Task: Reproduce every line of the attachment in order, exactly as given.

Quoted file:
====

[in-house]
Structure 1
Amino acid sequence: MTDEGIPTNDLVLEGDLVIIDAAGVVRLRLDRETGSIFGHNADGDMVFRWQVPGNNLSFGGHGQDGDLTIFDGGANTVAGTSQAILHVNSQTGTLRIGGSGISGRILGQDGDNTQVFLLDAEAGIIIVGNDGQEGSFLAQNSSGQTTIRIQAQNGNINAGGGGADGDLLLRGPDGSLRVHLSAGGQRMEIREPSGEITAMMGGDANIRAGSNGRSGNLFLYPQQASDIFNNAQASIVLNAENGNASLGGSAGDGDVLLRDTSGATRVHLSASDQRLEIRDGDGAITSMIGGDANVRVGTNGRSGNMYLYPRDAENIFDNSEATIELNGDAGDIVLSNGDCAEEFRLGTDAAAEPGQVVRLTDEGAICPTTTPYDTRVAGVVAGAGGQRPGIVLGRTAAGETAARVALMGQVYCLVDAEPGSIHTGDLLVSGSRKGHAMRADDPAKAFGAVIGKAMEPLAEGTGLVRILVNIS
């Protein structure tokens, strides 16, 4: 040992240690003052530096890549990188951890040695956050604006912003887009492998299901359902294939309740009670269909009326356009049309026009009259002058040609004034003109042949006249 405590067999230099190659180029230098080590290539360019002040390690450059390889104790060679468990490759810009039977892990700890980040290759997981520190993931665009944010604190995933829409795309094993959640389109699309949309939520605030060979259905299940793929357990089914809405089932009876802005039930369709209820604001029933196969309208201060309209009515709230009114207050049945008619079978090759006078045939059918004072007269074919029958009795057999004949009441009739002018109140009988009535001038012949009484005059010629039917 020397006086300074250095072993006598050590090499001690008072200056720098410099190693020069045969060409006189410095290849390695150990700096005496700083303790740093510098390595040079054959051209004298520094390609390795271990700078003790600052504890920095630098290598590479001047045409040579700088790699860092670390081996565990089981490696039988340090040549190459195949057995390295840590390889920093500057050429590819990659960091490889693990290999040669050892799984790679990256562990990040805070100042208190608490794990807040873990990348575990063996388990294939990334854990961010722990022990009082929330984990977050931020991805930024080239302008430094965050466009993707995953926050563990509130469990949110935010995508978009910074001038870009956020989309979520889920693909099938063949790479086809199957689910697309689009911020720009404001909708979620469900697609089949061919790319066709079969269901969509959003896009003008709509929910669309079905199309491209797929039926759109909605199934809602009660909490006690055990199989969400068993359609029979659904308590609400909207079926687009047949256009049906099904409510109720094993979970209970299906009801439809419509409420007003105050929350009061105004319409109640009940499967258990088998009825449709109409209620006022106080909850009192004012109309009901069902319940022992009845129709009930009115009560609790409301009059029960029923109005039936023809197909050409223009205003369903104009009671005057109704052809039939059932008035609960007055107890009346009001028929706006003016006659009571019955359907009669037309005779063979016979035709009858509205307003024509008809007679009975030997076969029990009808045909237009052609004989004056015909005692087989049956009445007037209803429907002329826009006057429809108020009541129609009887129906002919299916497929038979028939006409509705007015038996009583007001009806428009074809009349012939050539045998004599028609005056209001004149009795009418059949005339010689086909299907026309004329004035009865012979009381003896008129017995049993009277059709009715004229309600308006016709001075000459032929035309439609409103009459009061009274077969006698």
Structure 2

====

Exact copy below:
[in-house]
Structure 1
Amino acid sequence: MTDEGIPTNDLVLEGDLVIIDAAGVVRLRLDRETGSIFGHNADGDMVFRWQVPGNNLSFGGHGQDGDLTIFDGGANTVAGTSQAILHVNSQTGTLRIGGSGISGRILGQDGDNTQVFLLDAEAGIIIVGNDGQEGSFLAQNSSGQTTIRIQAQNGNINAGGGGADGDLLLRGPDGSLRVHLSAGGQRMEIREPSGEITAMMGGDANIRAGSNGRSGNLFLYPQQASDIFNNAQASIVLNAENGNASLGGSAGDGDVLLRDTSGATRVHLSASDQRLEIRDGDGAITSMIGGDANVRVGTNGRSGNMYLYPRDAENIFDNSEATIELNGDAGDIVLSNGDCAEEFRLGTDAAAEPGQVVRLTDEGAICPTTTPYDTRVAGVVAGAGGQRPGIVLGRTAAGETAARVALMGQVYCLVDAEPGSIHTGDLLVSGSRKGHAMRADDPAKAFGAVIGKAMEPLAEGTGLVRILVNIS
């Protein structure tokens, strides 16, 4: 040992240690003052530096890549990188951890040695956050604006912003887009492998299901359902294939309740009670269909009326356009049309026009009259002058040609004034003109042949006249 405590067999230099190659180029230098080590290539360019002040390690450059390889104790060679468990490759810009039977892990700890980040290759997981520190993931665009944010604190995933829409795309094993959640389109699309949309939520605030060979259905299940793929357990089914809405089932009876802005039930369709209820604001029933196969309208201060309209009515709230009114207050049945008619079978090759006078045939059918004072007269074919029958009795057999004949009441009739002018109140009988009535001038012949009484005059010629039917 020397006086300074250095072993006598050590090499001690008072200056720098410099190693020069045969060409006189410095290849390695150990700096005496700083303790740093510098390595040079054959051209004298520094390609390795271990700078003790600052504890920095630098290598590479001047045409040579700088790699860092670390081996565990089981490696039988340090040549190459195949057995390295840590390889920093500057050429590819990659960091490889693990290999040669050892799984790679990256562990990040805070100042208190608490794990807040873990990348575990063996388990294939990334854990961010722990022990009082929330984990977050931020991805930024080239302008430094965050466009993707995953926050563990509130469990949110935010995508978009910074001038870009956020989309979520889920693909099938063949790479086809199957689910697309689009911020720009404001909708979620469900697609089949061919790319066709079969269901969509959003896009003008709509929910669309079905199309491209797929039926759109909605199934809602009660909490006690055990199989969400068993359609029979659904308590609400909207079926687009047949256009049906099904409510109720094993979970209970299906009801439809419509409420007003105050929350009061105004319409109640009940499967258990088998009825449709109409209620006022106080909850009192004012109309009901069902319940022992009845129709009930009115009560609790409301009059029960029923109005039936023809197909050409223009205003369903104009009671005057109704052809039939059932008035609960007055107890009346009001028929706006003016006659009571019955359907009669037309005779063979016979035709009858509205307003024509008809007679009975030997076969029990009808045909237009052609004989004056015909005692087989049956009445007037209803429907002329826009006057429809108020009541129609009887129906002919299916497929038979028939006409509705007015038996009583007001009806428009074809009349012939050539045998004599028609005056209001004149009795009418059949005339010689086909299907026309004329004035009865012979009381003896008129017995049993009277059709009715004229309600308006016709001075000459032929035309439609409103009459009061009274077969006698």
Structure 2